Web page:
7. Slope stability susceptibility evaluation parameter (SSEP) rating scheme - An approach for landslide hazard zonation

    NASA Astrophysics Data System (ADS)

    Raghuvanshi, Tarun Kumar; Ibrahim, Jemal; Ayalew, Dereje

    2014-11-01

    In this paper a new slope susceptibility evaluation parameter (SSEP) rating scheme is presented which is developed as an expert evaluation approach for landslide hazard zonation. The SSEP rating scheme is developed by considering intrinsic and external triggering parameters that are responsible for slope instability. The intrinsic parameters which are considered are; slope geometry, slope material (rock or soil type), structural discontinuities, landuse and landcover and groundwater. Besides, external triggering parameters such as, seismicity, rainfall and manmade activities are also considered. For SSEP empirical technique numerical ratings are assigned to each of the intrinsic and triggering parameters on the basis of logical judgments acquired from experience of studies of intrinsic and external triggering factors and their relative impact in inducing instability to the slope. Further, the distribution of maximum SSEP ratings is based on their relative order of importance in contributing instability to the slope. Finally, summation of all ratings for intrinsic and triggering parameter based on actual observation will provide the expected degree of landslide in a given land unit. This information may be utilized to develop a landslide hazard zonation map. The SSEP technique was applied in the area around Wurgessa Kebelle of North Wollo Zonal Administration, Amhara National Regional State in northern Ethiopia, some 490 km from Addis Ababa. The results obtained indicates that 8.33% of the area fall under Moderately hazard and 83.33% fall within High hazard whereas 8.34% of the area fall under Very high hazard. Further, in order to validate the LHZ map prepared during the study, active landslide activities and potential instability areas, delineated through inventory mapping was overlain on it. All active landslide activities and potential instability areas fall within very high and high hazard zone. Thus, the satisfactory agreement confirms the rationality of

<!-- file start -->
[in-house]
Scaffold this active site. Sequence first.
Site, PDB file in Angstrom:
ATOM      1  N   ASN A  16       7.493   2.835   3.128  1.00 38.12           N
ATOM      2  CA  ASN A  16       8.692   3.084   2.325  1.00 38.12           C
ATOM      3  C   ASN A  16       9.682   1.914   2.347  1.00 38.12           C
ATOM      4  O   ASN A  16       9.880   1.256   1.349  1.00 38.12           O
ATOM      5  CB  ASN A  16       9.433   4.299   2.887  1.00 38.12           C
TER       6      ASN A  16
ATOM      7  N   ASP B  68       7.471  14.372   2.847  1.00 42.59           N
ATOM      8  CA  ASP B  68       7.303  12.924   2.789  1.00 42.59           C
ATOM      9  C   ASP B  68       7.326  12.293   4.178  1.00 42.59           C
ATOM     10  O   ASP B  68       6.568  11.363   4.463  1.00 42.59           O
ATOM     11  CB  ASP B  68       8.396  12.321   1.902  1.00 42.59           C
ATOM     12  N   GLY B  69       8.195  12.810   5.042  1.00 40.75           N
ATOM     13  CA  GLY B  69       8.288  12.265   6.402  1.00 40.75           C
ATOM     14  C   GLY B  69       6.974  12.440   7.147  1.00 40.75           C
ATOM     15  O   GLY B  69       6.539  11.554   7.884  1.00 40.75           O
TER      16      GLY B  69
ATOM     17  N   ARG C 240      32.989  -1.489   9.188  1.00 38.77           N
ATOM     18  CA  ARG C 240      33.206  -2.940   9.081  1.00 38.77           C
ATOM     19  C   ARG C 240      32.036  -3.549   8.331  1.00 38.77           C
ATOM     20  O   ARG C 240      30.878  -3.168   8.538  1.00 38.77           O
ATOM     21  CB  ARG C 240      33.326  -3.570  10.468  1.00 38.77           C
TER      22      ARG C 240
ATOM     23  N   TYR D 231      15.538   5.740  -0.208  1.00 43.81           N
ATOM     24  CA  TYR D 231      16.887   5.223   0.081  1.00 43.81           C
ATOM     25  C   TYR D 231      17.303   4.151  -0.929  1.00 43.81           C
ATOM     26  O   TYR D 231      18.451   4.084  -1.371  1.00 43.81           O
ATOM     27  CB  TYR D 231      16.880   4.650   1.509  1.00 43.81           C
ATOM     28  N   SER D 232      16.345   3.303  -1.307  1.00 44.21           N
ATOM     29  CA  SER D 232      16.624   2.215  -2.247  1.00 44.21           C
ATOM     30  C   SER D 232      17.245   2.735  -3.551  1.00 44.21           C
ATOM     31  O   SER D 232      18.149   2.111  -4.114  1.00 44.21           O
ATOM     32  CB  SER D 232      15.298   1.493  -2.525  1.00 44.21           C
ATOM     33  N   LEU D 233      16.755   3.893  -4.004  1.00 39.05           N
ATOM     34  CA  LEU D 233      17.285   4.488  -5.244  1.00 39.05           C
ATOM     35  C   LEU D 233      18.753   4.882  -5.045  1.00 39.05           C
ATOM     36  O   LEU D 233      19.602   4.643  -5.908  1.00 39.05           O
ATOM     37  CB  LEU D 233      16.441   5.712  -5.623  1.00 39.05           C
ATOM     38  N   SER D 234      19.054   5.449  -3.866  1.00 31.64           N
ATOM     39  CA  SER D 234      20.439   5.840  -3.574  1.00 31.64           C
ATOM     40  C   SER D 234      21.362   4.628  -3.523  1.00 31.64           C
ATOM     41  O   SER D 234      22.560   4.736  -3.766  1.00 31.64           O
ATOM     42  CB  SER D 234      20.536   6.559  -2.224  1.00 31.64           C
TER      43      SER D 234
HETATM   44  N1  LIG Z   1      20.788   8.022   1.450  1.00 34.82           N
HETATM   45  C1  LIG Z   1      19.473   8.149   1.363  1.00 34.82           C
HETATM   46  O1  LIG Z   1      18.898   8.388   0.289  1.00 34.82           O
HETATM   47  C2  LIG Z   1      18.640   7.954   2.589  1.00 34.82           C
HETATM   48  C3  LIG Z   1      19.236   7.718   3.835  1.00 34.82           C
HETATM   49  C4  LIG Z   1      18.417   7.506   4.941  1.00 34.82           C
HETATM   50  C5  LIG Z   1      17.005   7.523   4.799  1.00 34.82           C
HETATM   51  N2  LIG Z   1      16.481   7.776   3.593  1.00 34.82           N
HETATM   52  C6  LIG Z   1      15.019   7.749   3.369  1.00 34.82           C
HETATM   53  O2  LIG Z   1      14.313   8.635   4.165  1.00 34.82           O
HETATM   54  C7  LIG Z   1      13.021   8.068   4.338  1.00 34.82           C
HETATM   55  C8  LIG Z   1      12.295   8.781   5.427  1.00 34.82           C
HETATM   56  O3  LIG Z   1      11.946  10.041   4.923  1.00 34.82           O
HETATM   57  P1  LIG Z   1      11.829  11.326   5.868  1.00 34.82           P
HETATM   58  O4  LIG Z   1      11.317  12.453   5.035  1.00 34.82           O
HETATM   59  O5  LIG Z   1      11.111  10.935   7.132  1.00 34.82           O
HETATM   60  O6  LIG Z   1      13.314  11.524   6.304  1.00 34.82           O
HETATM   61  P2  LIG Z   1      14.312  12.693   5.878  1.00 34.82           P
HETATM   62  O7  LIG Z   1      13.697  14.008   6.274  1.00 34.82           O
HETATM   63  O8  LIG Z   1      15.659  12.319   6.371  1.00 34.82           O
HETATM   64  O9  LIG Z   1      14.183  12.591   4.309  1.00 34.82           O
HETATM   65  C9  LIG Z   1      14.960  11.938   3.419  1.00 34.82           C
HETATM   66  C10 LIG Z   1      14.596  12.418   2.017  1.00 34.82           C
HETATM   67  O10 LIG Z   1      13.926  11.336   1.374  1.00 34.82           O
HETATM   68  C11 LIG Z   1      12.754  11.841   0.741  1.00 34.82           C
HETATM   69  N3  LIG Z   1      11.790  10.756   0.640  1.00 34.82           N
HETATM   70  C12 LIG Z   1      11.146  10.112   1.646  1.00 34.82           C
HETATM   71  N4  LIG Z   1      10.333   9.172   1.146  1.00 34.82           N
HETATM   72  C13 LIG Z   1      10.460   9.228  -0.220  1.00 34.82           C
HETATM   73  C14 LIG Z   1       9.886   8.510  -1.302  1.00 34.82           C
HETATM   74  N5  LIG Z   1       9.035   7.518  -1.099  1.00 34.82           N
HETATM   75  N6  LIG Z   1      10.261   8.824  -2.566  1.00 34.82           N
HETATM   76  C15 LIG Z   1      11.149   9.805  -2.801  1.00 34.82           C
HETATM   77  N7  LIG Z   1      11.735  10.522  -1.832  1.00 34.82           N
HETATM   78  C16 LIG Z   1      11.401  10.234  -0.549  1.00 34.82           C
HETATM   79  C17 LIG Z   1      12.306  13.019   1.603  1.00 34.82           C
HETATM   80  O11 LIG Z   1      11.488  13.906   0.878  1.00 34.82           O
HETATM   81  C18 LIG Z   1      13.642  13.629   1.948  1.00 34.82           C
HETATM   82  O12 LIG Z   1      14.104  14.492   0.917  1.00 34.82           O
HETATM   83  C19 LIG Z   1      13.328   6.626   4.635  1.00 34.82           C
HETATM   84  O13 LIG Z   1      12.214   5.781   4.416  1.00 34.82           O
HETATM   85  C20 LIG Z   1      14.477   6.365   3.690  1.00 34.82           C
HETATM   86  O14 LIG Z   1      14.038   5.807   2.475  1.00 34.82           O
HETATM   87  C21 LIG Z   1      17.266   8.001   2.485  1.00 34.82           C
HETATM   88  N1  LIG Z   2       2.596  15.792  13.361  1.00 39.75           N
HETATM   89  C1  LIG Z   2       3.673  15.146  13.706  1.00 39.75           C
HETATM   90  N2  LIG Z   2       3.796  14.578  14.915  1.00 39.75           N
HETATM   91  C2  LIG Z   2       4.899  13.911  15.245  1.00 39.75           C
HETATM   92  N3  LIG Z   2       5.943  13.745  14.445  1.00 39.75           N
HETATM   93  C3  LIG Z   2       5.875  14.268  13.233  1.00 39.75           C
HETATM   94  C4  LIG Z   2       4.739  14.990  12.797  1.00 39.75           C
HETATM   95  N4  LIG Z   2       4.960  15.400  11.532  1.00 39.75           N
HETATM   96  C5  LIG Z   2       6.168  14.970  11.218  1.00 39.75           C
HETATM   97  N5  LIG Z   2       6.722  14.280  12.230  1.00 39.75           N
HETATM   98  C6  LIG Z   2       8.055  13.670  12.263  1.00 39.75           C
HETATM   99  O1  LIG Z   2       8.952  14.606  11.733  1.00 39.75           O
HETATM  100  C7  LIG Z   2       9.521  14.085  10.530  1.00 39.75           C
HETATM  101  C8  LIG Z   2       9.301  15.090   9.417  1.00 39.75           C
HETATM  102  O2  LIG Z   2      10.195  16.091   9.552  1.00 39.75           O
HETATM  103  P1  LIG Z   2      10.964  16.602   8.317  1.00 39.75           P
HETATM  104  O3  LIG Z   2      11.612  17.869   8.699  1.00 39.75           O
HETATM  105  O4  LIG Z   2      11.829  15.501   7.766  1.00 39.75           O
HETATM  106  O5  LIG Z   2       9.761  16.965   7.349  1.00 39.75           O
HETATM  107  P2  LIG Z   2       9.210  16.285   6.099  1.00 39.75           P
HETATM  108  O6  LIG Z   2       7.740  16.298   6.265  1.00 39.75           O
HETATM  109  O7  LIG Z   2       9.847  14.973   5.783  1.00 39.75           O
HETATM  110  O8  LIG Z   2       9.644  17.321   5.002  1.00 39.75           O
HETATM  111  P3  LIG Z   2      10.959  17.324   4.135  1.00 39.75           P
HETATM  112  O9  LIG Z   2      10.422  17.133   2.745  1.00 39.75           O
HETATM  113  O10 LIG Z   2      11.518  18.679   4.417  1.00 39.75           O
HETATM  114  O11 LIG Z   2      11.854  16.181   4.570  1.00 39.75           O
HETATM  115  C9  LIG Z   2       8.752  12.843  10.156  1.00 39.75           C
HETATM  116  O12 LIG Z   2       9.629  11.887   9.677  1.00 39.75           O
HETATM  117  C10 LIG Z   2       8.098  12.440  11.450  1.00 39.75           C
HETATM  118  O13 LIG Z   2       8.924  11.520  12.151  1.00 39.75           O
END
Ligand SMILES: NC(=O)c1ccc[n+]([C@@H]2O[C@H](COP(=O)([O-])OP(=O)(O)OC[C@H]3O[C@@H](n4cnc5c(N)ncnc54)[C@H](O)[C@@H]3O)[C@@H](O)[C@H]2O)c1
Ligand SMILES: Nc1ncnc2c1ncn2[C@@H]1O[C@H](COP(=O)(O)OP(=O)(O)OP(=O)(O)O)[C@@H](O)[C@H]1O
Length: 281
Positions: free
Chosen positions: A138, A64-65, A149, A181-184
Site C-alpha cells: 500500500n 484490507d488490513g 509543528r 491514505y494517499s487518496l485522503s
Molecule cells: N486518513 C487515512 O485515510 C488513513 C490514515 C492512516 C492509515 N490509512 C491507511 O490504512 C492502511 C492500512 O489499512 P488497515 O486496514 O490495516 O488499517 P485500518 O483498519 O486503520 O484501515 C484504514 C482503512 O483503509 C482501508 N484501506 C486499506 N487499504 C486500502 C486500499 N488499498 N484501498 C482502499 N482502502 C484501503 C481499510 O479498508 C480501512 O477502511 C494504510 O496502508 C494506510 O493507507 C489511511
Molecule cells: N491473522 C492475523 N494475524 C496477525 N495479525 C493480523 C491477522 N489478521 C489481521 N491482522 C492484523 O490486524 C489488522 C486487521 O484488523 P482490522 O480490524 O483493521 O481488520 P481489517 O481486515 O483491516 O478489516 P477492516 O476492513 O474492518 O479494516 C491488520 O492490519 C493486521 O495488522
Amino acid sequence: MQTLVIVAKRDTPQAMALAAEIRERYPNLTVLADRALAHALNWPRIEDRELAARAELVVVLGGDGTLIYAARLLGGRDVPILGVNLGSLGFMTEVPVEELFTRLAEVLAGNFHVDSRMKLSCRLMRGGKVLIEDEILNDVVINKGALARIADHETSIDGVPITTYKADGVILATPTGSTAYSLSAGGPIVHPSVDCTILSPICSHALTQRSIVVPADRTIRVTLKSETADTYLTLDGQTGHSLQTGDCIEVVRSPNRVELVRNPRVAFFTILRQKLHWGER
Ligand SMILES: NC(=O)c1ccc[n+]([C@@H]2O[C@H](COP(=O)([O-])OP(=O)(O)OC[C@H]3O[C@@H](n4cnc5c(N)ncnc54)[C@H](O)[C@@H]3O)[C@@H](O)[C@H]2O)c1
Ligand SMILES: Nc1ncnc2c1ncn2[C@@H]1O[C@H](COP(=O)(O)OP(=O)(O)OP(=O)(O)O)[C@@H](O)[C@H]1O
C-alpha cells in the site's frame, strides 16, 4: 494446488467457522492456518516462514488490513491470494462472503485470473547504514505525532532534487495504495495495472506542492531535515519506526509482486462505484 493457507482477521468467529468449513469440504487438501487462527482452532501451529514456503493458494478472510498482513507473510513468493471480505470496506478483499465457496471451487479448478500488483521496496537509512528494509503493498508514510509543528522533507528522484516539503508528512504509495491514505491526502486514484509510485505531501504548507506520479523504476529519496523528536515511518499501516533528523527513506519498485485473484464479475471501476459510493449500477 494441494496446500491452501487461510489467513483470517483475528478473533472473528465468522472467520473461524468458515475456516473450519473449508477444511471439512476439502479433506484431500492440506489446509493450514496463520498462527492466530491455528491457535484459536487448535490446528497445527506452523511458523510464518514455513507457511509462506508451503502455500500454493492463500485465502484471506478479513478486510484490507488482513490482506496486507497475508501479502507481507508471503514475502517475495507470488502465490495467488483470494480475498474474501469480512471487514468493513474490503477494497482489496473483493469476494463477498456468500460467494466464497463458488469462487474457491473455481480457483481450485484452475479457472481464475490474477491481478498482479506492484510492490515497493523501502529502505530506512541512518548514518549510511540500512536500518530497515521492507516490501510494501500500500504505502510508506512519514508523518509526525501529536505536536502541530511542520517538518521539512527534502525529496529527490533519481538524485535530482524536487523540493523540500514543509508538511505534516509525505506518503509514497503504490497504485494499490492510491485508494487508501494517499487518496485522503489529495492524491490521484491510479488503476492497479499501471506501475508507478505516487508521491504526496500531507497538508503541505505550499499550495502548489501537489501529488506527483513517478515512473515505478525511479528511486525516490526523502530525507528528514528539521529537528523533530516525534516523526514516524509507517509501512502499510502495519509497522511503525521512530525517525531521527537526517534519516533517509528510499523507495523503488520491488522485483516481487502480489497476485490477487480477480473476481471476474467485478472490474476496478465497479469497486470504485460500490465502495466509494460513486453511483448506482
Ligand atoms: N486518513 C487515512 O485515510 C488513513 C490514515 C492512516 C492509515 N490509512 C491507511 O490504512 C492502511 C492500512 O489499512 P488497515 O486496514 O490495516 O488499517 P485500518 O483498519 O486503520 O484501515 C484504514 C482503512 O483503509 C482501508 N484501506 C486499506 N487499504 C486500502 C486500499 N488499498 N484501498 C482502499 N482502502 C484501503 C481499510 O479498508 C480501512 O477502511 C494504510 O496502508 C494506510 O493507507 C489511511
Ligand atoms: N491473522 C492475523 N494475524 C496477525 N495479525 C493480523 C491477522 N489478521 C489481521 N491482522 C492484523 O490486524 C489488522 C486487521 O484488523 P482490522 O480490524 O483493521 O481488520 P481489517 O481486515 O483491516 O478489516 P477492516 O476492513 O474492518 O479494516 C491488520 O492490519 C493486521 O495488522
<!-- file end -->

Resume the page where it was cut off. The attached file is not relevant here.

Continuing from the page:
8. California's potential volcanic hazards

    SciTech Connect

    Jorgenson, P. )

    1989-01-01

    Although volcanic eruptions have occurred infrequently in California during the last few thousand years, the potential danger to life and property from volcanoes in the state is great enough to be of concern, according to a recent U.S. Geological Survey (USGS) publication. The 17-page bulletin, Potential Hazards from Future Volcanic Eruptions in California, gives a brief history of volcanic activity in California during the past 100,000 years, descriptions of the types of volcanoes in the state, the types of potentially hazardous volcanic events that could occur, and hazard-zonation maps and tables depicting six areas of the state where volcanic eruptions might occur. The six areas and brief descriptions of their past volcanic history and potential for future volcanic hazards are briefly summarized here.

  9. Sky-Blue Organic Light Emitting Diode with 37% External Quantum Efficiency Using Thermally Activated Delayed Fluorescence from Spiroacridine-Triazine Hybrid.

    PubMed

    Lin, Ting-An; Chatterjee, Tanmay; Tsai, Wei-Lung; Lee, Wei-Kai; Wu, Meng-Jung; Jiao, Min; Pan, Kuan-Chung; Yi, Chih-Lung; Chung, Chin-Lung; Wong, Ken-Tsung; Wu, Chung-Chih

    2016-08-01

    Extremely efficient sky-blue organic electroluminescence with external quantum efficiency of ≈37% is achieved in a conventional planar device structure, using a highly efficient thermally activated delayed fluorescence emitter based on the spiroacridine-triazine hybrid and simultaneously possessing nearly unitary (100%) photoluminescence quantum yield, excellent thermal stability, and strongly horizontally oriented emitting dipoles (with a horizontal dipole ratio of 83%). PMID:27271917

  10. The effect of external magnetic fields on the catalytic activity of Pd nanoparticles in Suzuki cross-coupling reactions

    NASA Astrophysics Data System (ADS)

    Gao, Lei; Wang, Changlai; Li, Ren; Li, Ran; Chen, Qianwang

    2016-04-01